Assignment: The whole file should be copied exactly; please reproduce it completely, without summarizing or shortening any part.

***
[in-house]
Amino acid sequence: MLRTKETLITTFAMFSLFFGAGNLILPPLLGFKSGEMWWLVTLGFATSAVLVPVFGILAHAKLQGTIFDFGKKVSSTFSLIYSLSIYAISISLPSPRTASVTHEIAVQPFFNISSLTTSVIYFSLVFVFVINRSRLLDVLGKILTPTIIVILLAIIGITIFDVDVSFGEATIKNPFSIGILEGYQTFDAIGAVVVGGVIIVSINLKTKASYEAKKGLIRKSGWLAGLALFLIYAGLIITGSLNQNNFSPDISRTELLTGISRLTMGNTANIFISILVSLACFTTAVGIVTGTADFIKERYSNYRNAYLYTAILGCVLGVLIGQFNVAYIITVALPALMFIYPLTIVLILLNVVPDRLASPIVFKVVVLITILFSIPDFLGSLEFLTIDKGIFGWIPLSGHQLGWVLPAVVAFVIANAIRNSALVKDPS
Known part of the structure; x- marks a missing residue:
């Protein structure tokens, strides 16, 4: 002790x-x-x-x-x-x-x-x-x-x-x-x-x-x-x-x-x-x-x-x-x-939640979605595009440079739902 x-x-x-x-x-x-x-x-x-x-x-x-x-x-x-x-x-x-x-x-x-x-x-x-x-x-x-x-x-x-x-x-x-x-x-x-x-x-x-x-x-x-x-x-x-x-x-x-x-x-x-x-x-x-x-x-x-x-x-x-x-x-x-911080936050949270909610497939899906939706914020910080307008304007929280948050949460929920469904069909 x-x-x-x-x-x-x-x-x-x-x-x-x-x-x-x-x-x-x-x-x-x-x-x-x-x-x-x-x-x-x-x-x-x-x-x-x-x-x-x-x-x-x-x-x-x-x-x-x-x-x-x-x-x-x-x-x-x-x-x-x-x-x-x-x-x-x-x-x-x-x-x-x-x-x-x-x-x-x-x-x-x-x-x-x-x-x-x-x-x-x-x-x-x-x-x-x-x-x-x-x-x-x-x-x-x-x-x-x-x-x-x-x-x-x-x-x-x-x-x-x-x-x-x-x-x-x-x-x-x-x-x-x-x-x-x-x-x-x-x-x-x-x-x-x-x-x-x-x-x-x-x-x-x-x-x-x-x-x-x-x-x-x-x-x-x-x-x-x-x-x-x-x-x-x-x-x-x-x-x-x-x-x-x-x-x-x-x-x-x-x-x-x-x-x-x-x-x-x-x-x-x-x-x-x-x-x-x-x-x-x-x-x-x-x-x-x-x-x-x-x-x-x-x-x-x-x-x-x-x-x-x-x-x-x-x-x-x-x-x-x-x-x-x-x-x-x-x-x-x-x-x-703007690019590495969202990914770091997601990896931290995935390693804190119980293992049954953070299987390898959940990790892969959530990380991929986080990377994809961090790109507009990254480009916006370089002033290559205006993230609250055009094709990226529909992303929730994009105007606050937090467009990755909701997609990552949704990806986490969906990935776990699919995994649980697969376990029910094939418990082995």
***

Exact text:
[in-house]
Amino acid sequence: MLRTKETLITTFAMFSLFFGAGNLILPPLLGFKSGEMWWLVTLGFATSAVLVPVFGILAHAKLQGTIFDFGKKVSSTFSLIYSLSIYAISISLPSPRTASVTHEIAVQPFFNISSLTTSVIYFSLVFVFVINRSRLLDVLGKILTPTIIVILLAIIGITIFDVDVSFGEATIKNPFSIGILEGYQTFDAIGAVVVGGVIIVSINLKTKASYEAKKGLIRKSGWLAGLALFLIYAGLIITGSLNQNNFSPDISRTELLTGISRLTMGNTANIFISILVSLACFTTAVGIVTGTADFIKERYSNYRNAYLYTAILGCVLGVLIGQFNVAYIITVALPALMFIYPLTIVLILLNVVPDRLASPIVFKVVVLITILFSIPDFLGSLEFLTIDKGIFGWIPLSGHQLGWVLPAVVAFVIANAIRNSALVKDPS
Known part of the structure; x- marks a missing residue:
């Protein structure tokens, strides 16, 4: 002790x-x-x-x-x-x-x-x-x-x-x-x-x-x-x-x-x-x-x-x-x-939640979605595009440079739902 x-x-x-x-x-x-x-x-x-x-x-x-x-x-x-x-x-x-x-x-x-x-x-x-x-x-x-x-x-x-x-x-x-x-x-x-x-x-x-x-x-x-x-x-x-x-x-x-x-x-x-x-x-x-x-x-x-x-x-x-x-x-x-911080936050949270909610497939899906939706914020910080307008304007929280948050949460929920469904069909 x-x-x-x-x-x-x-x-x-x-x-x-x-x-x-x-x-x-x-x-x-x-x-x-x-x-x-x-x-x-x-x-x-x-x-x-x-x-x-x-x-x-x-x-x-x-x-x-x-x-x-x-x-x-x-x-x-x-x-x-x-x-x-x-x-x-x-x-x-x-x-x-x-x-x-x-x-x-x-x-x-x-x-x-x-x-x-x-x-x-x-x-x-x-x-x-x-x-x-x-x-x-x-x-x-x-x-x-x-x-x-x-x-x-x-x-x-x-x-x-x-x-x-x-x-x-x-x-x-x-x-x-x-x-x-x-x-x-x-x-x-x-x-x-x-x-x-x-x-x-x-x-x-x-x-x-x-x-x-x-x-x-x-x-x-x-x-x-x-x-x-x-x-x-x-x-x-x-x-x-x-x-x-x-x-x-x-x-x-x-x-x-x-x-x-x-x-x-x-x-x-x-x-x-x-x-x-x-x-x-x-x-x-x-x-x-x-x-x-x-x-x-x-x-x-x-x-x-x-x-x-x-x-x-x-x-x-x-x-x-x-x-x-x-x-x-x-x-x-x-x-x-703007690019590495969202990914770091997601990896931290995935390693804190119980293992049954953070299987390898959940990790892969959530990380991929986080990377994809961090790109507009990254480009916006370089002033290559205006993230609250055009094709990226529909992303929730994009105007606050937090467009990755909701997609990552949704990806986490969906990935776990699919995994649980697969376990029910094939418990082995």